Diabetes occurs when the body is unable to manage blood glucose levels
Sugary foods may cause obesity which is the biggest trigger for diabetes
You must avoid excess consumption of sugar sweetened beverages
Photo Credit: Istock
Diabetes Mellitus, often referred to as diabetes, is a life-long condition in which a person suffers from high blood glucose levels either because the body does not produce adequate insulin or because the body's cells are not able to respond properly to insulin or in some cases even both. Insulin is released by the pancreas and plays a major role in helping your body store and utilize the sugar and fat from the food you eat. But do you think eating too much sugar can cause diabetes?
The American Diabetes Association regards this as a myth but the answer is not so simple. According to their experts, Type 1 Diabetes is caused by genetics and unknown factors that trigger the onset of the disease. This is the types of diabetes that often begins in childhood and therefore, is also known as juvenile-onset diabetes. It is an autoimmune condition which means that in this case the antibodies in our body start attacking the pancreas and so, it is not able to produce insulin.
Further, type 2 diabetes is caused by genetics and lifestyle factors. This is the most common type of diabetes. In this case, the pancreas does produce some amount of insulin but either it is not enough or the body's cells are resistant to it. However, the American Diabetes Association does recommend that people should avoid the intake of sugar-sweetened beverages to help prevent diabetes such as soda, energy drinks, fruit drinks and sports drinks.
American Diabetes Association suggests to avoid sugar-sweetened beverages. Photo Credit: Istock
We asked Dr. Sujeet Jha, Director - Endocrinology, Diabetes & Obesity at Max Healthcare to clear our doubts. He tells us, “Consumption of sugar directly may not cause diabetes but it may lead to other problems that may trigger diabetes. For instance, obesity or being overweight, which are the biggest causes of diabetes. Since diabetes is linked to the management of sugar in body, it does not mean that having sugar can cause diabetes. But you must know that excess of refined sugar or added sugar is anyways harmful as it contains no nutrition and only adds to your calories. I would suggest that you to stick the WHO guidelines that recommends limiting the intake of added sugar to 25 grams or 6 teaspoons.”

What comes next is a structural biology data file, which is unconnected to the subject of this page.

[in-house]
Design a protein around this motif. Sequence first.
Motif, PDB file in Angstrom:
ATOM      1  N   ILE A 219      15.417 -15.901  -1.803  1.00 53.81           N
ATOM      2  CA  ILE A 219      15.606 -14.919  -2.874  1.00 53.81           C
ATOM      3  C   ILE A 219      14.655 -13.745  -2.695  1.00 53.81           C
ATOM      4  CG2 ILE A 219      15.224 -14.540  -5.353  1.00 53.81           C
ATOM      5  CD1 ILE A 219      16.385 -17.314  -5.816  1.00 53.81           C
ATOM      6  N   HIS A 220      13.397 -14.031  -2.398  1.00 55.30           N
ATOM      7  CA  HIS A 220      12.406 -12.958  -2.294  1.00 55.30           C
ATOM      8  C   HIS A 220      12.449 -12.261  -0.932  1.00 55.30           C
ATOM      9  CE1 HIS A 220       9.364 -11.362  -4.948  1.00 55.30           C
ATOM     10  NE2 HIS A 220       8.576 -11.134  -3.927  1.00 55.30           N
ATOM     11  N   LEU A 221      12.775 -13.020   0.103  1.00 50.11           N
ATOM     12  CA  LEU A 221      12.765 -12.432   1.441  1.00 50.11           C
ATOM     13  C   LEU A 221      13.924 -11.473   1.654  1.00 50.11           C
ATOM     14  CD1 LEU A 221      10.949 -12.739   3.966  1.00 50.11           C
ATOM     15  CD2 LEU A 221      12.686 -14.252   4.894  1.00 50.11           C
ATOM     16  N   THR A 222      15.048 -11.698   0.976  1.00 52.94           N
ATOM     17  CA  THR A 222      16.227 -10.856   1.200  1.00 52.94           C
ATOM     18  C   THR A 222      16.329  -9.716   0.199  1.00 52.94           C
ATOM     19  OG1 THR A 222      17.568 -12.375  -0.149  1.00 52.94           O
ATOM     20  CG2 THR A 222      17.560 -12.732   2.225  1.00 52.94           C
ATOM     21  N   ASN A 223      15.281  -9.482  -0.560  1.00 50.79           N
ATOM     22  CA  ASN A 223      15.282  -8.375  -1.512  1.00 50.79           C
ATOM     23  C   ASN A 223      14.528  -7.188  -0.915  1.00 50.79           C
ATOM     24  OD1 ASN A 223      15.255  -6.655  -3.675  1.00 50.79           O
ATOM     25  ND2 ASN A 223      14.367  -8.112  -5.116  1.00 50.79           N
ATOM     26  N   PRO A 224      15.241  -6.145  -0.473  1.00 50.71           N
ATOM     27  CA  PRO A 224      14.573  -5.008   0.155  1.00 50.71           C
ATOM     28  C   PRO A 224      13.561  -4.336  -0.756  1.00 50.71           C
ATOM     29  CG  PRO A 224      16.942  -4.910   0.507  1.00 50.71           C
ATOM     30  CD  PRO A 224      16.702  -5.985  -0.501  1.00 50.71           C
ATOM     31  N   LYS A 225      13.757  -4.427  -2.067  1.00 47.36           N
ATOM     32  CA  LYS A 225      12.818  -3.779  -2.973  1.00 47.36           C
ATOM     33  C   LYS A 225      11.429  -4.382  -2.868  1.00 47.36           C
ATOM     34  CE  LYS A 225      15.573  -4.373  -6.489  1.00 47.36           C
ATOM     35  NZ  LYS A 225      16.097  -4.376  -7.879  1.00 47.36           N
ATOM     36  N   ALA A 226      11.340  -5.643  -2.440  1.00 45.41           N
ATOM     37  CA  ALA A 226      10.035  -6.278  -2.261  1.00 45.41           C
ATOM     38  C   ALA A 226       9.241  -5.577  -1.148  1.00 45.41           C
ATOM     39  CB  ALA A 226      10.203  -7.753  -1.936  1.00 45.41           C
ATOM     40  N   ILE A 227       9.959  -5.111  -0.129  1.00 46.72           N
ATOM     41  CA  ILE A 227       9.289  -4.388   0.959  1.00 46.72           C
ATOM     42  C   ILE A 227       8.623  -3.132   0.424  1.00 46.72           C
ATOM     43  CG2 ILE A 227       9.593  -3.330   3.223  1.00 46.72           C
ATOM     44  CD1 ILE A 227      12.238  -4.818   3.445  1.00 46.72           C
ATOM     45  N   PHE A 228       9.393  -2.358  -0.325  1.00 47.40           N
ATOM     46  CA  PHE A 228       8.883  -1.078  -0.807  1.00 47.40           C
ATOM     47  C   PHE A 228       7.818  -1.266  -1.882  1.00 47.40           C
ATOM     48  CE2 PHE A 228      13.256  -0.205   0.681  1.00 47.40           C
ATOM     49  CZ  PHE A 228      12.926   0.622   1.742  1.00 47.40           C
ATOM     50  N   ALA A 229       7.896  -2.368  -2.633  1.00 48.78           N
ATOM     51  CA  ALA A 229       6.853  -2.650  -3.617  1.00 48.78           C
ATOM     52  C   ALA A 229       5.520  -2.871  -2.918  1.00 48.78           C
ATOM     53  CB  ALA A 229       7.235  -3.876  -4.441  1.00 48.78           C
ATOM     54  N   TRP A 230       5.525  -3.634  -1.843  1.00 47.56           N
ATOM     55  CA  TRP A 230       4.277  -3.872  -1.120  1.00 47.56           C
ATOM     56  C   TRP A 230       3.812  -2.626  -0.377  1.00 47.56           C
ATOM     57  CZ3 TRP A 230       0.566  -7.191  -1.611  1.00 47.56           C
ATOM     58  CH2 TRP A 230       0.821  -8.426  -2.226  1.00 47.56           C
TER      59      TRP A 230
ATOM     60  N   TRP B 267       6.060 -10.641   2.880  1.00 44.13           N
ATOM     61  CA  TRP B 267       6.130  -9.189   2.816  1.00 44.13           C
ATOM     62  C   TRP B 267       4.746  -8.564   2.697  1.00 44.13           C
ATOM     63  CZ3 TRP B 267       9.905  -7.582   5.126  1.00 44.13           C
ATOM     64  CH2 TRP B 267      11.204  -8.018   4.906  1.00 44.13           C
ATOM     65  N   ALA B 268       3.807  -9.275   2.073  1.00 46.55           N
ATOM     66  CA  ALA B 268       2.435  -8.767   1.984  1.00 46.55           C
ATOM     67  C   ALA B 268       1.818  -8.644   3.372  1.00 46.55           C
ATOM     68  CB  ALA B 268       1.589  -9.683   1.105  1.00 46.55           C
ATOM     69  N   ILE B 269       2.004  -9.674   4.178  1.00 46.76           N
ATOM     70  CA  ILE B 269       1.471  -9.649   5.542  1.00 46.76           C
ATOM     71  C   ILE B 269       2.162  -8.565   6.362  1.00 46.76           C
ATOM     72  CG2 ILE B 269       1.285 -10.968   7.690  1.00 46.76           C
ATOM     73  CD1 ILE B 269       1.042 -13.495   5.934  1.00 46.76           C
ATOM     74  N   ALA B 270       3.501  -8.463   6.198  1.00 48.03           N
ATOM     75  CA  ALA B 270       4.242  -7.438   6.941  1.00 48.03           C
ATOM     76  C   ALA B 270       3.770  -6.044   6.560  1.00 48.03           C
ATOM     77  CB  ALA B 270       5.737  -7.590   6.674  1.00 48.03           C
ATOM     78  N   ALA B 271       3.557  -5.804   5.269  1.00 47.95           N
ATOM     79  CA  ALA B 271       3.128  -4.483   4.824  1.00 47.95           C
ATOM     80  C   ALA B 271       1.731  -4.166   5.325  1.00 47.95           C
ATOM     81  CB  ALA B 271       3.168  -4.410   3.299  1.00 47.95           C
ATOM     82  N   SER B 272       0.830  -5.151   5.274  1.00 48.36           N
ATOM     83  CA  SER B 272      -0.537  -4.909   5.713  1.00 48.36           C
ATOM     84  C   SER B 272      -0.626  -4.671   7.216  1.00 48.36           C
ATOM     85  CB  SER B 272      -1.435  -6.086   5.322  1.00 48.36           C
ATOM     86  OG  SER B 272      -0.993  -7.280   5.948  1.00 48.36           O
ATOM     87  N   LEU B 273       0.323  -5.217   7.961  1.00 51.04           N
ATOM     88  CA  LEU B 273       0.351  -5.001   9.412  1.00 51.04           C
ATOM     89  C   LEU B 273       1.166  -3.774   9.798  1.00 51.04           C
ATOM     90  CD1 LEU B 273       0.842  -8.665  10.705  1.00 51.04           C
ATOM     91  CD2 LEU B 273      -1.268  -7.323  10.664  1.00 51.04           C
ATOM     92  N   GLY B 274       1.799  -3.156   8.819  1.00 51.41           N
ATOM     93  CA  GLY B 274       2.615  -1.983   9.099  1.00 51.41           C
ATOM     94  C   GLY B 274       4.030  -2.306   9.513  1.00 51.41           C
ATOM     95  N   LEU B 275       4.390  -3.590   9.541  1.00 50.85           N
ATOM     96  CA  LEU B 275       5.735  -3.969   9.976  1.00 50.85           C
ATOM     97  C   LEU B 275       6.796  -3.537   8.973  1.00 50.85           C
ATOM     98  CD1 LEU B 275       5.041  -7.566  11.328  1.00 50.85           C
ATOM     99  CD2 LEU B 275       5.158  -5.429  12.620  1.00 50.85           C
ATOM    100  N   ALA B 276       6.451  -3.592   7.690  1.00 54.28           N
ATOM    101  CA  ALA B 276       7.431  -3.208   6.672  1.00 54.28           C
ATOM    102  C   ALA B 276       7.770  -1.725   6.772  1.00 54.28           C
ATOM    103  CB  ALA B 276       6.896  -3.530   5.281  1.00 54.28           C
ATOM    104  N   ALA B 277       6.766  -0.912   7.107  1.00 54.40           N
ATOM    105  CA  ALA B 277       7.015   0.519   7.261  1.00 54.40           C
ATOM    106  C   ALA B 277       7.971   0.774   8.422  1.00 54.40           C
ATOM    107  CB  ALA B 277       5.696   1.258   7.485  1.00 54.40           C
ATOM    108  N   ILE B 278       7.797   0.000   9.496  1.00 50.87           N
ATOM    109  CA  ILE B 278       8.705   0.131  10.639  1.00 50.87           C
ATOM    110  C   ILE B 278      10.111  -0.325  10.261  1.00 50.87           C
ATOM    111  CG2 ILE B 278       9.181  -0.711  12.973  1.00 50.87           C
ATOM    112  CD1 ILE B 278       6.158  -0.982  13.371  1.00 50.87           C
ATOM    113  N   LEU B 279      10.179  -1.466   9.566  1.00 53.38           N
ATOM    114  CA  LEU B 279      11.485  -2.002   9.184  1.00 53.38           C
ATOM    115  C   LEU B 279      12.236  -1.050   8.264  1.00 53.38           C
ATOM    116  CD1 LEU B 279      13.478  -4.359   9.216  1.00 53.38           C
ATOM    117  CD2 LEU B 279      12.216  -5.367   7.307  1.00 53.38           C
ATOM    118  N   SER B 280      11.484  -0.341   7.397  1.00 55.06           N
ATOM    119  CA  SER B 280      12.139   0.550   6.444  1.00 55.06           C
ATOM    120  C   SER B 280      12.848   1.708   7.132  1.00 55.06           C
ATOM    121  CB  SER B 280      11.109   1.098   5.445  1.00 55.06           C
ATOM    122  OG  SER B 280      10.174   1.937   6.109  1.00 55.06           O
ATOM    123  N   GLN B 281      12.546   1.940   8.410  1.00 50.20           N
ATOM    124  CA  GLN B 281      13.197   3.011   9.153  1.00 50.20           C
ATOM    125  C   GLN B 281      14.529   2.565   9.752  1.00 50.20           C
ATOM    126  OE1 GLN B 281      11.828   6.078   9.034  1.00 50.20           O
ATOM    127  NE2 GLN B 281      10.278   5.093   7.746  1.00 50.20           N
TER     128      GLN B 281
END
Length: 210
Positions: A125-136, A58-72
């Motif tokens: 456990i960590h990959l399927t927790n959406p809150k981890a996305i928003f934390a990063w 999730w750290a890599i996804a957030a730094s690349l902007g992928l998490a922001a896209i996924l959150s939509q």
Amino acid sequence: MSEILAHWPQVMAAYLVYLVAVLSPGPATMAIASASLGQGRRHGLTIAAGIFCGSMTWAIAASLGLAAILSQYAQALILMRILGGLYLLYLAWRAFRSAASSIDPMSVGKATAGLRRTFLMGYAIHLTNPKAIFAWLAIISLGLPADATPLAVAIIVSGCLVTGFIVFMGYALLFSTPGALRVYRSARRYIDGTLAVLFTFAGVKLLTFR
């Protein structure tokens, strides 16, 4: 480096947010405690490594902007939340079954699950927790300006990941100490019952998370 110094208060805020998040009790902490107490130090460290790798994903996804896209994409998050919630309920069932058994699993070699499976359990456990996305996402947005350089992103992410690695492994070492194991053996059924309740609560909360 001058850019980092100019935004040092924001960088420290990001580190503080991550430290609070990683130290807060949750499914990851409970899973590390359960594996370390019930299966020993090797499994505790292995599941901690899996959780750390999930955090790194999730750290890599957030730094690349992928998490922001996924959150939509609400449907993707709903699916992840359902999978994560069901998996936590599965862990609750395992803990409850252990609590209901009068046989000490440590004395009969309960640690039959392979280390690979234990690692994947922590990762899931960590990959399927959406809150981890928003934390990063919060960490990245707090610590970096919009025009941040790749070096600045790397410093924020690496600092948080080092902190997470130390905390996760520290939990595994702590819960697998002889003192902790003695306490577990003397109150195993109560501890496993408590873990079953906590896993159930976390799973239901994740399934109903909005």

It is now understood that sugar alone is not the factor that can cause diabetes. Noida-based Nutritionist and Physician from Kailash Hospital, Dr. Parveen Verma agrees and shares, “Diabetes is not necessarily caused by just eating sugary food items. It can result from diverse factors such as obesity, stress, polyphobia or polyuria. The possible connection between refined sugar and diabetes is the fact that foods containing carbohydrates depress blood glucose levels the most such as sugar. It is suggested that foods containing only carbohydrates have a more severe impact on the bloody glucose level in comparison with foods containing fats and protein along with carbohydrates.”
Excess consumption of refined sugar can lead to obesity which may trigger diabetes. Photo Credit: Istock
Therefore, diabetes is not necessarily the result of eating more sugar. More often than not, it can also be caused by both genetic and environmental factors. As scientific studies suggest and to reiterate, diabetes is usually due to the pancreas not producing enough insulin or the cells not responding to the insulin produced in the body. As a result of this, your body may not be able to manage the blood sugar levels.
The debate about sugar affecting our health is mainly fixated on the ‘added sugar’ such as caster sugar used for baking, table sugar added to our drinks and the concealed sugars in ready-made meals, drinks and various other packaged eatables which is definitely harmful for our health when consumed excessively. However, the causes of diabetes vary considerably depending upon an individual’s genetic make-up, ethnicity, family history and environmental factors.